New Pilot Study to Examine the Impact of a Therapy Dog Intervention on Loneliness and Related Health Outcomes in Vulnerable Populations
WASHINGTON, Dec. 6, 2021 /PRNewswire-PRWeb/ — The Human Animal Bond Research Institute (HABRI) and Pet Partners announced today a new research grant to Virginia Commonwealth University (VCU) to investigate the potential for reduced loneliness among people hospitalized for mental health conditions resulting from a program of therapy dog interventions. This project, titled “A Pilot Study to Examine the Impact of a Therapy Dog Intervention on Loneliness and Related Health Outcomes in Patients with Mental Illness,” aims to address key questions to support an animal-assisted intervention (AAI) as an inpatient intervention for these vulnerable individuals.
“This pilot study is important to Pet Partners as it will help advance standards of practice in the delivery of animal-assisted therapy for a population that stands to benefit from interaction with friendly, well-trained therapy animals,” said C. Annie Peters, President & CEO of Pet Partners. “In supporting this research, we hope to make an impactful contribution to the field of human-animal interaction and to support the work of volunteer therapy animal teams across the country dedicated to sharing the healing benefits of the human-animal bond with people in need of comfort and support.”
“We know that therapy animals can be beneficial to people in the hospital, but there is a need for more scientific studies to investigate their impact on loneliness, and to fully understand what aspects of those interactions are most effective and for whom,” said Nancy Gee, PhD, Professor and Director of the Center for Human-Animal Interaction (CHAI) at Virginia Commonwealth University, the study’s principal investigator. “This study seeks to address this gap and provide further support for animal-assisted intervention for addressing loneliness for this at-risk population.”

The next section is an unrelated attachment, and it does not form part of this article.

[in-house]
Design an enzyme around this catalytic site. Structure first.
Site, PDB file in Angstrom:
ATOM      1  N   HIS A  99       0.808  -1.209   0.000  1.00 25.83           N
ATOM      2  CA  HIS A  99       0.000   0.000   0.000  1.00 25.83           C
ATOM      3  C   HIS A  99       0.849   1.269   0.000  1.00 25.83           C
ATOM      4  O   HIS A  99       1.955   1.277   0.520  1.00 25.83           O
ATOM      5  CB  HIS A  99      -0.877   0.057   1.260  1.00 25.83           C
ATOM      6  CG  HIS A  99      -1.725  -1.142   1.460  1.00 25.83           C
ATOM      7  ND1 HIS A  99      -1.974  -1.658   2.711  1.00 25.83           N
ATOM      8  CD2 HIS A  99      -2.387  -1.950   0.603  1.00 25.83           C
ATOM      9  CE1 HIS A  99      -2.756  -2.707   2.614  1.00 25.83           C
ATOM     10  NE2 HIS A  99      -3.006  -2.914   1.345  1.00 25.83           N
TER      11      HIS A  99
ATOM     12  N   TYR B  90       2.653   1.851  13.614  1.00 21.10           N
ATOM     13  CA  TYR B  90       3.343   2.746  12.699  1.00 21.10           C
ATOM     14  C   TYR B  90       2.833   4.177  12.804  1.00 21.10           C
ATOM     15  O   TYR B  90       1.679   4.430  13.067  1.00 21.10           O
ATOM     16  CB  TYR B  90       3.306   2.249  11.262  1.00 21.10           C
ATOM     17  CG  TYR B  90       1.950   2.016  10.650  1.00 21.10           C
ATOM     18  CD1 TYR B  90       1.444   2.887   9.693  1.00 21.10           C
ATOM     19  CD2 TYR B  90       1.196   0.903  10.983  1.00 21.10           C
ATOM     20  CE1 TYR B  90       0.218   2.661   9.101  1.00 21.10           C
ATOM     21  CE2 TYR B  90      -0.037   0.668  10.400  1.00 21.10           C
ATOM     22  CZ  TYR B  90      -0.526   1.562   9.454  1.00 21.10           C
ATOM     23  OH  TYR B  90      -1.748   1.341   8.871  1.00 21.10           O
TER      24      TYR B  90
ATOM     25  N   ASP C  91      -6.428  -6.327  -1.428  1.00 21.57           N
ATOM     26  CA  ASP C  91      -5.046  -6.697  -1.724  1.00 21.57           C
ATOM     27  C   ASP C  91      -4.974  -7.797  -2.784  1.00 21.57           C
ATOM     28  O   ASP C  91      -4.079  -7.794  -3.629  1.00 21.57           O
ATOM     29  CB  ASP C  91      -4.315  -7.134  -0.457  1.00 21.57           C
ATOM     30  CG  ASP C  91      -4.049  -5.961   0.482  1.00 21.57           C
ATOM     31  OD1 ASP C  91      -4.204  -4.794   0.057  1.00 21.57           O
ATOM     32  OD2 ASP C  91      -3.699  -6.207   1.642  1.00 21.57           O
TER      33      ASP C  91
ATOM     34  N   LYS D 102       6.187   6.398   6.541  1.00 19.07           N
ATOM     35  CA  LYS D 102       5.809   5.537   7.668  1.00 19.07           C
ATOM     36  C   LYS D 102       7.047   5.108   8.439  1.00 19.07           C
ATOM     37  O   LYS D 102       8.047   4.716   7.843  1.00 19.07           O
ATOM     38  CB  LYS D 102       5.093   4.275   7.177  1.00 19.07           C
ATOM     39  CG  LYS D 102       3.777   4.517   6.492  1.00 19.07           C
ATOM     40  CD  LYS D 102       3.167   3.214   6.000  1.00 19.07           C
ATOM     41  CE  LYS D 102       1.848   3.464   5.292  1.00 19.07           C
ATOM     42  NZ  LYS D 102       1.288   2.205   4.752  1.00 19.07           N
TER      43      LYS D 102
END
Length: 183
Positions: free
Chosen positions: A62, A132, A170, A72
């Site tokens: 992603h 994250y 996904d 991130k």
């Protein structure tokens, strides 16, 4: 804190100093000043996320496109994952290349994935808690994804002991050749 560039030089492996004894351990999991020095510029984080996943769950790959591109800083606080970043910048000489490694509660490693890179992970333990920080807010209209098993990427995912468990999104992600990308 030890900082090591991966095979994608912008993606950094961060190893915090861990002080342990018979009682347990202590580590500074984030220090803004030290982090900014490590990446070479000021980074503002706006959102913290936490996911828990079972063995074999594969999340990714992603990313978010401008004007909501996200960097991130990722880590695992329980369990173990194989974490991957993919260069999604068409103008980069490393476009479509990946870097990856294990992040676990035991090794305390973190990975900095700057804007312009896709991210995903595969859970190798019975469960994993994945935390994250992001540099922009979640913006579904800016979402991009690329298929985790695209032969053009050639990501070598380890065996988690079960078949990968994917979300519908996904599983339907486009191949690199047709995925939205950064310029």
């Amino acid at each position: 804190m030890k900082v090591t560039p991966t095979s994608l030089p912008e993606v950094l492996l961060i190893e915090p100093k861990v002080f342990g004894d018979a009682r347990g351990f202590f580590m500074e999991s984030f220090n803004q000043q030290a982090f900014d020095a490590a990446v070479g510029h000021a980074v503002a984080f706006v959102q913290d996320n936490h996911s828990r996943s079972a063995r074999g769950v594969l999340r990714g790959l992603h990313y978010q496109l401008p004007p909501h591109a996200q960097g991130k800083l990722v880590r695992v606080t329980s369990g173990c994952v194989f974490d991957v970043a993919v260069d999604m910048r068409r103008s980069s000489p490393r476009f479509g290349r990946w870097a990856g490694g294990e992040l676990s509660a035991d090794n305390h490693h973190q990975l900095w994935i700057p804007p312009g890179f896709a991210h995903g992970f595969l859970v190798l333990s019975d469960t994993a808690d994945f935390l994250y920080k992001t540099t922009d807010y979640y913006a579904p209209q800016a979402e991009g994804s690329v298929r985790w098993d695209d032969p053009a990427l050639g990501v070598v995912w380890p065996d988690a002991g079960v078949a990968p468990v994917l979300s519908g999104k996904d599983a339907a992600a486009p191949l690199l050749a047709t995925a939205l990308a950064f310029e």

The goal of this new VCU research project is to collect pilot data in a population that is at-risk for loneliness and its negative effects to determine whether AAI in the form of therapy dog visitations can serve as a buffer against these negative outcomes. Dr. Gee and her team will employ a three-group randomized controlled trial of a therapy dog visitation program in a population of psychiatric inpatients to examine the effects of AAI on loneliness, mood, depression, anxiety, and health-related quality of life, compared to two control conditions. This feasibility and pilot study will be combined with already-funded pilot data from a sample of older adults to calculate power, determine sample size, and pursue federal funding for a large-scale, multi-site clinical trial.
Recognizing loneliness and social isolation as a major public health issue and the growing evidence supporting companion animals for alleviating loneliness and its ill-effects, HABRI partnered with Mars Petcare to form a Consortium on Social Isolation, Loneliness and Companion Animals. The Consortium is an ongoing, multidisciplinary effort to explore the potential of companion animals to provide effective, complementary treatment for social isolation, loneliness and related health outcomes. In May 2019, HABRI and Mars co-hosted the first-ever Summit on Social Isolation and Companion Animals in Washington, D.C. The Summit engaged experts and stakeholders in advancing scientific research, sharing best practices, and identifying societal barriers, resulting in a report on the vital role of human-animal interaction (HAI) in addressing the crisis of social isolation and loneliness. Together, HABRI and Mars remain committed to building a strong scientific underst anding of the impact of the human-animal bond on populations most vulnerable to loneliness and social isolation.